It is clear the United States commanding generals of the Department of the Pacific advised, urged, and approved the enactment of relief measures by the California Legislature as necessary and proper, and that said commanding generals were instructed by the Secretary of War to use their best judgment in the common defense by reason of the fact that they were 3,000 miles from the seat of government at Washington, with communication (there being no railroads) slow, infrequent, and often interrupted by hostile Indians.


Every act of California in placing the State in position of defense and passing necessary relief measures for her volunteers on account of the abnormal conditions prevailing was done by the State as the agent of the United States, with the full knowledge, consent and cooperation of the commanding generals of the Department of the Pacific, its representatives, and with the knowledge of the Government at Washington.

[blocks in formation]

The act of 1882 (24 Stat. 217) required a report from the Secretary of War as to the necessity for and the reasonableness of the expenses incurred.

The Secretary of War and the board of Army officers in examining and auditing the expenditures made by the State of California found that as a matter of fact the expenditures as made were, on account of the abnormal conditions prevailing, necessary, and that such expenditures were economical and reasonable; and further stated that “the proof of the fact that the money was actually expended and honestly disbursed by the State is satisfactory.".

Under the provisions of the above act of 1882, the State of Texas, among other States, was reimbursed the sum of $1,175,793.37.

The report of the Committee on Military Affairs on the bill resulting in the act of 1882 (S.Rept. 575, 47th Cong., 1st sess.), stated that the expenses for which the State of Texas claims reimbursement were incurred by the authorities thereof under its laws and for the proper defense of the frontiers of said State against the

attacks of numerous bands of Indians and Mexican marauders between October 14, 1865, and August 31, 1877. These claims had been the subject matter of much correspondence between the State authorities of Texas and the officials of the United States, and had several times received the partial consideration of both branches of Congress. Under the act of 1882 the Secretary of War, with the aid of the Army board appointed under the act of 1886, duly examined, audited, and stated the State war claims of Texas, and of the sums as audited Congress appropriated the sum of $927,177.40 in the act approved March 30, 1888 (25 Stat. 71), and the sum of $148,615.97 in the deficiency appropriation act approved September 30, 1890 (26 Stat. 539).

No one doubts but that all said war claims of Texas so examined and audited by the Secretary of War, aided by the Army board (the same Army board which examined and audited the war expenditures of California) were valid and proper charges against, and should have been paid by, the United States as audited, but they were not paid without great delay and only after continuous and hard work on the part of Senator Maxey and Congressmen S. W. Lanham, Roger Q. Mills, and J. D. Sayers, of Texas, to overcome objections. In order to show the difficulties encountered by Texas (the same as were and are encountered by California) Congressman Mills, on March 17, 1888, stated to the House of Representatives:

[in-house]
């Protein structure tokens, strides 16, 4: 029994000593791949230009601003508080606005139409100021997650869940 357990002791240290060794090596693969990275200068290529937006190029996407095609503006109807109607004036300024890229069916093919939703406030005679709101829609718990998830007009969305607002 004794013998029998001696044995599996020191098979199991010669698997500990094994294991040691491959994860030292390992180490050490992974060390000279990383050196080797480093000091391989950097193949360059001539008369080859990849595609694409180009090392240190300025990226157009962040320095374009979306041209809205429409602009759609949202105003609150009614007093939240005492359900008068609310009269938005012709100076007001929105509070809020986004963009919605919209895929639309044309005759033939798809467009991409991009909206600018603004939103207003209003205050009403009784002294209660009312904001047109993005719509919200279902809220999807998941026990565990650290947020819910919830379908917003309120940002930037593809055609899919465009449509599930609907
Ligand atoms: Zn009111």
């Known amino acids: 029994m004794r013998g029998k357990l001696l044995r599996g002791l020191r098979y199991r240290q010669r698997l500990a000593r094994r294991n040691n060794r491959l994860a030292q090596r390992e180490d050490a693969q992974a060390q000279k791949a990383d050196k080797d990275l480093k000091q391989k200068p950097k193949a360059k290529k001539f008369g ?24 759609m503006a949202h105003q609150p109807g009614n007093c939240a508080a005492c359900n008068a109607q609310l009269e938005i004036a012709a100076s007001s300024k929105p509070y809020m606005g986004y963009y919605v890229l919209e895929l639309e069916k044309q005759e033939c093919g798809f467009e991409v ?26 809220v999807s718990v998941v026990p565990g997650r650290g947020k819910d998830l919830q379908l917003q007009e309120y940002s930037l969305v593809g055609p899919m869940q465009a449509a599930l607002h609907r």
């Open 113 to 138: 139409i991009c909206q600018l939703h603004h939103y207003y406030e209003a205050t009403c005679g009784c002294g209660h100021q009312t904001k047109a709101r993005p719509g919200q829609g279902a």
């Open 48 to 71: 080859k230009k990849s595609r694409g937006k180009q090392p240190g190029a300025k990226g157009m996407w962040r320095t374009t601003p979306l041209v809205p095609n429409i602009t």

This (claim) is an old, familiar friend of mine, I am thoroughly acquainted with it in all of its details. I introduced bills, as did my colleagues upon this floor, years ago to pay the State of Texas the money which had been expended by that State in doing that which the Government of the United States ought to have done for her. I remember the time when the Representatives from Kansas, Nevada, California, and Nebraska and ourselves, often met together for conference and with a view to helping each other to get the Congress of the United States to do justice to our people in recognizing these claims, which had been standing so long.

“We united our efforts and aided in the passage of the law of 1882. That law was passed for the purpose of providing a settlement for these claims, and under it all of the claims were submitted, with the evidence to substantiate them, to a board of Army officers. They have been thoroughly, patiently, exhaustively examined through a careful process of inspection covering a long period of time, and have all been reported to Congress.

“There is no objection made to the payment of any of this class of claims upon the judgment of this board of Army officers, endorsed as it has been by the Treasury Department, except with regard to the claim of Texas; and the opposition, Mr. Chairman, is as unjust to the State of Texas as it would have been to the other States.

[blocks in formation]
[ocr errors]

But, sir, this appeal that has been made here is all for delay. They say the case ought to have waited longer—as if it had not waited long enough alreadyand that it should have gone through some further and more patient examination; but they have not been able to point to a single item of all the items making up this sum of $927,000, which is not justly due to my State-not one of them.